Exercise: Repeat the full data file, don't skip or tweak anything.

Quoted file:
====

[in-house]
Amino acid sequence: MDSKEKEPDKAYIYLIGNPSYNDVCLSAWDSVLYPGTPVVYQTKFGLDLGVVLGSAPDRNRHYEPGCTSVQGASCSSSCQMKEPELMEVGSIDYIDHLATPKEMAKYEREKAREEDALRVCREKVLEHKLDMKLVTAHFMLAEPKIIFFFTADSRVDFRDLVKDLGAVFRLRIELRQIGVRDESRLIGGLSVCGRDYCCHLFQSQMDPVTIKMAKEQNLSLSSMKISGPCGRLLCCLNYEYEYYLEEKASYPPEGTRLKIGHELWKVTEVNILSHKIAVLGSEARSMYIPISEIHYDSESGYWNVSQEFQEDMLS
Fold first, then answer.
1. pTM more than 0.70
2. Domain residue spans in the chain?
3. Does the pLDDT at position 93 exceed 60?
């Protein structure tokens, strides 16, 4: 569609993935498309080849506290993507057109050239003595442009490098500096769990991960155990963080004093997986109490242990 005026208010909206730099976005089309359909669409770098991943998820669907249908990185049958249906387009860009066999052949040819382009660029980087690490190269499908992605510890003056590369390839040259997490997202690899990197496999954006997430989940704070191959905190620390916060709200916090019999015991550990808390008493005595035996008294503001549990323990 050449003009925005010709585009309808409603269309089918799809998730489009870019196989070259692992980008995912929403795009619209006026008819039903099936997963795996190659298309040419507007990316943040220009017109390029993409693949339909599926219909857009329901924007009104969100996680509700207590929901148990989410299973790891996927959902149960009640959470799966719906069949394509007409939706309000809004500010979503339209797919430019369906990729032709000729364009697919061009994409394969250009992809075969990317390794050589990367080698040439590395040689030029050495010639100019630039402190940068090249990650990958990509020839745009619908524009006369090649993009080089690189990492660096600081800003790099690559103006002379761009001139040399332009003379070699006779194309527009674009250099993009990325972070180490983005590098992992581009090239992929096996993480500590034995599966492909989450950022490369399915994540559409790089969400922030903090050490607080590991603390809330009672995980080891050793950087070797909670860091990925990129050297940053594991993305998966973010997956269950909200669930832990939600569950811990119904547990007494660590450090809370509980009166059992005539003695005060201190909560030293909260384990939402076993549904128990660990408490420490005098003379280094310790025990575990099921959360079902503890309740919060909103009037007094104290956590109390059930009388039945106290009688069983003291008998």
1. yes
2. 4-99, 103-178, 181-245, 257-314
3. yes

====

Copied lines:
[in-house]
Amino acid sequence: MDSKEKEPDKAYIYLIGNPSYNDVCLSAWDSVLYPGTPVVYQTKFGLDLGVVLGSAPDRNRHYEPGCTSVQGASCSSSCQMKEPELMEVGSIDYIDHLATPKEMAKYEREKAREEDALRVCREKVLEHKLDMKLVTAHFMLAEPKIIFFFTADSRVDFRDLVKDLGAVFRLRIELRQIGVRDESRLIGGLSVCGRDYCCHLFQSQMDPVTIKMAKEQNLSLSSMKISGPCGRLLCCLNYEYEYYLEEKASYPPEGTRLKIGHELWKVTEVNILSHKIAVLGSEARSMYIPISEIHYDSESGYWNVSQEFQEDMLS
Fold first, then answer.
1. pTM more than 0.70
2. Domain residue spans in the chain?
3. Does the pLDDT at position 93 exceed 60?
């Protein structure tokens, strides 16, 4: 569609993935498309080849506290993507057109050239003595442009490098500096769990991960155990963080004093997986109490242990 005026208010909206730099976005089309359909669409770098991943998820669907249908990185049958249906387009860009066999052949040819382009660029980087690490190269499908992605510890003056590369390839040259997490997202690899990197496999954006997430989940704070191959905190620390916060709200916090019999015991550990808390008493005595035996008294503001549990323990 050449003009925005010709585009309808409603269309089918799809998730489009870019196989070259692992980008995912929403795009619209006026008819039903099936997963795996190659298309040419507007990316943040220009017109390029993409693949339909599926219909857009329901924007009104969100996680509700207590929901148990989410299973790891996927959902149960009640959470799966719906069949394509007409939706309000809004500010979503339209797919430019369906990729032709000729364009697919061009994409394969250009992809075969990317390794050589990367080698040439590395040689030029050495010639100019630039402190940068090249990650990958990509020839745009619908524009006369090649993009080089690189990492660096600081800003790099690559103006002379761009001139040399332009003379070699006779194309527009674009250099993009990325972070180490983005590098992992581009090239992929096996993480500590034995599966492909989450950022490369399915994540559409790089969400922030903090050490607080590991603390809330009672995980080891050793950087070797909670860091990925990129050297940053594991993305998966973010997956269950909200669930832990939600569950811990119904547990007494660590450090809370509980009166059992005539003695005060201190909560030293909260384990939402076993549904128990660990408490420490005098003379280094310790025990575990099921959360079902503890309740919060909103009037007094104290956590109390059930009388039945106290009688069983003291008998």
1. yes
2. 4-99, 103-178, 181-245, 257-314
3. yes